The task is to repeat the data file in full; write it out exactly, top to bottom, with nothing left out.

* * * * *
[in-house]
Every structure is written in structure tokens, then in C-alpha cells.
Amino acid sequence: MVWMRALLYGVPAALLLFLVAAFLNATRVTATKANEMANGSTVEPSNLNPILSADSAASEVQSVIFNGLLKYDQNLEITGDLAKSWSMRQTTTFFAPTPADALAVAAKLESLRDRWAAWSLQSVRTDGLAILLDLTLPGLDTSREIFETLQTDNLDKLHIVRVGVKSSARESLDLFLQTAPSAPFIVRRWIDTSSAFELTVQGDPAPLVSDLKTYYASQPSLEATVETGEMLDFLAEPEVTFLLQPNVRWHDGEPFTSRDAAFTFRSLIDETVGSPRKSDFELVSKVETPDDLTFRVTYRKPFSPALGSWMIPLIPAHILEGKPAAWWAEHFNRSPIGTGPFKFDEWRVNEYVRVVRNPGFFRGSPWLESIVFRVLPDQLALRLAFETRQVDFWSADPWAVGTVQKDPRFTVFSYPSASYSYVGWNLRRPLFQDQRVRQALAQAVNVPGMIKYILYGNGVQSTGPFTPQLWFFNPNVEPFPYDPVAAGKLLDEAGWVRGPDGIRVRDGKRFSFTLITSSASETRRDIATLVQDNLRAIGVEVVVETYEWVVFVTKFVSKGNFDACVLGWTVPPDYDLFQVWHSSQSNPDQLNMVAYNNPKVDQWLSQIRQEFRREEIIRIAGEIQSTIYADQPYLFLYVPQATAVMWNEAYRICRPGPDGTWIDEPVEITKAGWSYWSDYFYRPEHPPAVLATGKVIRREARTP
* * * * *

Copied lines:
[in-house]
Every structure is written in structure tokens, then in C-alpha cells.
Amino acid sequence: MVWMRALLYGVPAALLLFLVAAFLNATRVTATKANEMANGSTVEPSNLNPILSADSAASEVQSVIFNGLLKYDQNLEITGDLAKSWSMRQTTTFFAPTPADALAVAAKLESLRDRWAAWSLQSVRTDGLAILLDLTLPGLDTSREIFETLQTDNLDKLHIVRVGVKSSARESLDLFLQTAPSAPFIVRRWIDTSSAFELTVQGDPAPLVSDLKTYYASQPSLEATVETGEMLDFLAEPEVTFLLQPNVRWHDGEPFTSRDAAFTFRSLIDETVGSPRKSDFELVSKVETPDDLTFRVTYRKPFSPALGSWMIPLIPAHILEGKPAAWWAEHFNRSPIGTGPFKFDEWRVNEYVRVVRNPGFFRGSPWLESIVFRVLPDQLALRLAFETRQVDFWSADPWAVGTVQKDPRFTVFSYPSASYSYVGWNLRRPLFQDQRVRQALAQAVNVPGMIKYILYGNGVQSTGPFTPQLWFFNPNVEPFPYDPVAAGKLLDEAGWVRGPDGIRVRDGKRFSFTLITSSASETRRDIATLVQDNLRAIGVEVVVETYEWVVFVTKFVSKGNFDACVLGWTVPPDYDLFQVWHSSQSNPDQLNMVAYNNPKVDQWLSQIRQEFRREEIIRIAGEIQSTIYADQPYLFLYVPQATAVMWNEAYRICRPGPDGTWIDEPVEITKAGWSYWSDYFYRPEHPPAVLATGKVIRREARTP